Obesity may be a challenging enough physical condition to deal with, but according to the sensitively crafted yet uncompromisingly candid female identity drama DisFigured, fat can be an unmerciful state of mind too. Filmmaker Glenn Gers, who pursued quite a different path as the screenwriter of that rebel girls gone wild feminist heist comedy Mad Money, dramatically explores in DisFigured weighty issues behind fat fascism in US society, and some tentative psychological if not physical solutions.
Lydia (Dierdra Edwards) is a charming, bubbly and surprisingly graceful but self-loathing obese young LA woman. Feeling lonely and marginalized, when not outright scorned in the rigid, literally and figuratively narrow, slim body fixation norms of US culture, Lydia joins a fat acceptance group run by a bossy and body image reverse-elitist bulky matriarch.
When quite evidently anorexic Darcy (Staci Lawrence) shows up to join the group because the scrawny, depressed woman can’t stop feeling fat herself, she’s treated like an intruder and sent on her way, despite a kinder, gentler Lydia’s objections. Later the two meet up in the local park after Darcy responds to a flier Lydia had posted for a walking exercise group, and they soon become quite unusual odd couple girlfriends. Primarily because Darcy feels a need to help Lydia stop eating, and Lydia herself is just plain lonely.
Their girl bonding, however, goes through some harsh rocky patches, especially when Darcy is pushed to confess that she finds Lydia’s body ‘disgusting.’ And Lydia in turn is understandably suspicious that she’s just a project for Darcy to work through her own personal problems, and basically Darcy’s ‘worst nightmare.’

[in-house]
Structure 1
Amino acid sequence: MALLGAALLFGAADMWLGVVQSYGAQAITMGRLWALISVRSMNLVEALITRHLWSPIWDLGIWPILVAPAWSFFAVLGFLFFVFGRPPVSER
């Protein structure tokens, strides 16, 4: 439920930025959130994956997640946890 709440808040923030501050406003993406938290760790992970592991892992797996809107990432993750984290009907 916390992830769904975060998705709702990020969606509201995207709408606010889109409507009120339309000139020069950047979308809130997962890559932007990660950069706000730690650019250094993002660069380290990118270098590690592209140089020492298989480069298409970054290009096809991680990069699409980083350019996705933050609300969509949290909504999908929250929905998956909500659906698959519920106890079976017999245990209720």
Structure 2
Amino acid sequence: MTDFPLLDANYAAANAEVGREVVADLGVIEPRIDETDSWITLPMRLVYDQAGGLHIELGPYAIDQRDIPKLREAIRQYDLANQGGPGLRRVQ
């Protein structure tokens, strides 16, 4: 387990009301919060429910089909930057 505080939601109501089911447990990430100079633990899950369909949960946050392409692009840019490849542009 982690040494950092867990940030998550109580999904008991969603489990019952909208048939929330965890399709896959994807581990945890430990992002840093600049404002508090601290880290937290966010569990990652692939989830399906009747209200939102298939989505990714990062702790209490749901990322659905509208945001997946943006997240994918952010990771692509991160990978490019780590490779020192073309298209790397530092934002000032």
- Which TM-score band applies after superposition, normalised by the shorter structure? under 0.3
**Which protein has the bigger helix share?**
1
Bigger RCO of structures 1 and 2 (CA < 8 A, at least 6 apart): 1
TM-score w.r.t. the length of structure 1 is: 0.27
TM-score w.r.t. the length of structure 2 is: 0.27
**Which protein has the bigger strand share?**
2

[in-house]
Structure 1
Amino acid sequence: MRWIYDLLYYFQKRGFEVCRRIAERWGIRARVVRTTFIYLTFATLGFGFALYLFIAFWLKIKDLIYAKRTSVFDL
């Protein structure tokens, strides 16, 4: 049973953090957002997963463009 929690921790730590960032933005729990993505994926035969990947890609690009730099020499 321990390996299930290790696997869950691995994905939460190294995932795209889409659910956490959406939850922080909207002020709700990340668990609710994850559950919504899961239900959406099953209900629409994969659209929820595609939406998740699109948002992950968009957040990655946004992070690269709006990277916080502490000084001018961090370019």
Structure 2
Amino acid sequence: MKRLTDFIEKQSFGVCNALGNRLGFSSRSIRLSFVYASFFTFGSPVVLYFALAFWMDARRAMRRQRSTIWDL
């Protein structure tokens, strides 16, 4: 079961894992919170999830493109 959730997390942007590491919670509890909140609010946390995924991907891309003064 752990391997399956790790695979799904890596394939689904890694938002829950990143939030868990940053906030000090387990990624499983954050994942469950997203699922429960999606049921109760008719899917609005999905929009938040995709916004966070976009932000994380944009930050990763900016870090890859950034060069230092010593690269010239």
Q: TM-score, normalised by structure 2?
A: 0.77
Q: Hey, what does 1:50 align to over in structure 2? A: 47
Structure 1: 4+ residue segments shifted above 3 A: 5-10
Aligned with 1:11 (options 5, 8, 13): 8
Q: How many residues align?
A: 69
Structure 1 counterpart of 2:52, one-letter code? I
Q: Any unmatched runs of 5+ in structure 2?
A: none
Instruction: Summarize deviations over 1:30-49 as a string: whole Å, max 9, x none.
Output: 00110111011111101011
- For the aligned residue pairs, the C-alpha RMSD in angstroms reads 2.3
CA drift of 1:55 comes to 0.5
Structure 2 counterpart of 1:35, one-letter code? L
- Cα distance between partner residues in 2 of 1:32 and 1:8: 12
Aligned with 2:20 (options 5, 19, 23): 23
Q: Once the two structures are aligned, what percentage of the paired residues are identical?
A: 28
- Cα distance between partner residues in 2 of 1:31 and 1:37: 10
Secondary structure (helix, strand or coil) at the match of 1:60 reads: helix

Tensions over their conflicting eating disorders eventually tear them apart, with Lydia sensing a destructive turn into ‘some sort of weight loss fatal attraction.’ And out of control desires like sex, food and emotional neediness intertwine with their opposites of starvation, abstinence, denial, shame and self-hatred throughout this raw and revealing, intensely intimate drama. Though more attention paid to Darcy and her own struggles and related anorexia issues – she tends to function like a shadow in multiple ways to her more dramatically imposing polar opposite – would have added significantly more depth to the story.
DisFigured is the second movie to be released within a week, in addition to Darryl Roberts’ America The Beautiful, that deals ever so frankly with ingrained social traditions targeting women in physically and emotionally destructive ways in American culture. And amazingly, both films are conceived and directed by men. Go Figure…
Cinema Libre Studio
3 1/2 stars
DVD features: Commentary by Director Glenn Gers; Extended Interviews; Deleted Scenes; Trailers.
To see a trailer of disFIGURED,